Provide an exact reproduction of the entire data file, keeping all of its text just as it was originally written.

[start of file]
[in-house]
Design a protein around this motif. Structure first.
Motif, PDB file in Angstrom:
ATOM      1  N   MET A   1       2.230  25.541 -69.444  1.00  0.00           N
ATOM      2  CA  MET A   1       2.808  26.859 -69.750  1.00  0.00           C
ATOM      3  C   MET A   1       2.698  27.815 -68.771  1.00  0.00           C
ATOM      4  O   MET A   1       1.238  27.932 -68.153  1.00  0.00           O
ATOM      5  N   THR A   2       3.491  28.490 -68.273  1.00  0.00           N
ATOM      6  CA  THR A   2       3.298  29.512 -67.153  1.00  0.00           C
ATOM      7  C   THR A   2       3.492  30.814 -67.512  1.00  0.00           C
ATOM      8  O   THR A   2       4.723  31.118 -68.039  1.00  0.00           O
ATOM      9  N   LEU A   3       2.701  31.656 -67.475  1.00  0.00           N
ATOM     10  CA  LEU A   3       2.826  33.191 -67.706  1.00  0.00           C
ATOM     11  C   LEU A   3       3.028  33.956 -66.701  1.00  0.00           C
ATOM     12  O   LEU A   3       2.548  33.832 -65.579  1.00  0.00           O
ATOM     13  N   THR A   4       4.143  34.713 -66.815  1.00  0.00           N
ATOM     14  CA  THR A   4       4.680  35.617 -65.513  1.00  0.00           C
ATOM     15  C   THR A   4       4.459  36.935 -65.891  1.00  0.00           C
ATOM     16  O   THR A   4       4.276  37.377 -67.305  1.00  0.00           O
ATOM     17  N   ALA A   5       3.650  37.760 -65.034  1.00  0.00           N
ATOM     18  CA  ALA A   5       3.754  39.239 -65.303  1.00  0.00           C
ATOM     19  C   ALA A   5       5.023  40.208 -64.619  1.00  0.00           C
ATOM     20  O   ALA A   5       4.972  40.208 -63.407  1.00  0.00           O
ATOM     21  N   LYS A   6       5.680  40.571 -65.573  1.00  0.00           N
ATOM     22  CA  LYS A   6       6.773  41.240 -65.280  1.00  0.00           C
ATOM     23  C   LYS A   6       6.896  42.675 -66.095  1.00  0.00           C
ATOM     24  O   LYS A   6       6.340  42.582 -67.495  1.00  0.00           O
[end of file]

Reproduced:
[in-house]
Design a protein around this motif. Structure first.
Motif, PDB file in Angstrom:
ATOM      1  N   MET A   1       2.230  25.541 -69.444  1.00  0.00           N
ATOM      2  CA  MET A   1       2.808  26.859 -69.750  1.00  0.00           C
ATOM      3  C   MET A   1       2.698  27.815 -68.771  1.00  0.00           C
ATOM      4  O   MET A   1       1.238  27.932 -68.153  1.00  0.00           O
ATOM      5  N   THR A   2       3.491  28.490 -68.273  1.00  0.00           N
ATOM      6  CA  THR A   2       3.298  29.512 -67.153  1.00  0.00           C
ATOM      7  C   THR A   2       3.492  30.814 -67.512  1.00  0.00           C
ATOM      8  O   THR A   2       4.723  31.118 -68.039  1.00  0.00           O
ATOM      9  N   LEU A   3       2.701  31.656 -67.475  1.00  0.00           N
ATOM     10  CA  LEU A   3       2.826  33.191 -67.706  1.00  0.00           C
ATOM     11  C   LEU A   3       3.028  33.956 -66.701  1.00  0.00           C
ATOM     12  O   LEU A   3       2.548  33.832 -65.579  1.00  0.00           O
ATOM     13  N   THR A   4       4.143  34.713 -66.815  1.00  0.00           N
ATOM     14  CA  THR A   4       4.680  35.617 -65.513  1.00  0.00           C
ATOM     15  C   THR A   4       4.459  36.935 -65.891  1.00  0.00           C
ATOM     16  O   THR A   4       4.276  37.377 -67.305  1.00  0.00           O
ATOM     17  N   ALA A   5       3.650  37.760 -65.034  1.00  0.00           N
ATOM     18  CA  ALA A   5       3.754  39.239 -65.303  1.00  0.00           C
ATOM     19  C   ALA A   5       5.023  40.208 -64.619  1.00  0.00           C
ATOM     20  O   ALA A   5       4.972  40.208 -63.407  1.00  0.00           O
ATOM     21  N   LYS A   6       5.680  40.571 -65.573  1.00  0.00           N
ATOM     22  CA  LYS A   6       6.773  41.240 -65.280  1.00  0.00           C
ATOM     23  C   LYS A   6       6.896  42.675 -66.095  1.00  0.00           C
ATOM     24  O   LYS A   6       6.340  42.582 -67.495  1.00  0.00           O